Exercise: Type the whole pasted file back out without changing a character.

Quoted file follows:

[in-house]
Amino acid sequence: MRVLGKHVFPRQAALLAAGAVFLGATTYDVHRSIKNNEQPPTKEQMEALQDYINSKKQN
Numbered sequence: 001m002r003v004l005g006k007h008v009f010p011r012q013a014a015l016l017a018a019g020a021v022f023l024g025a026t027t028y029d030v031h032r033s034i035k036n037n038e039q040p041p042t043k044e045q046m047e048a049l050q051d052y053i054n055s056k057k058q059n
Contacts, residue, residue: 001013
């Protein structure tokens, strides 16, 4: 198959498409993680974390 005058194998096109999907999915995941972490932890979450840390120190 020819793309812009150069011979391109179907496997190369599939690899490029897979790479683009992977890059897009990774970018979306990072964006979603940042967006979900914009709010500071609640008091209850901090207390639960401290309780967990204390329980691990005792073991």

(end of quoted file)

[in-house]
Amino acid sequence: MRVLGKHVFPRQAALLAAGAVFLGATTYDVHRSIKNNEQPPTKEQMEALQDYINSKKQN
Numbered sequence: 001m002r003v004l005g006k007h008v009f010p011r012q013a014a015l016l017a018a019g020a021v022f023l024g025a026t027t028y029d030v031h032r033s034i035k036n037n038e039q040p041p042t043k044e045q046m047e048a049l050q051d052y053i054n055s056k057k058q059n
Contacts, residue, residue: 001013
């Protein structure tokens, strides 16, 4: 198959498409993680974390 005058194998096109999907999915995941972490932890979450840390120190 020819793309812009150069011979391109179907496997190369599939690899490029897979790479683009992977890059897009990774970018979306990072964006979603940042967006979900914009709010500071609640008091209850901090207390639960401290309780967990204390329980691990005792073991």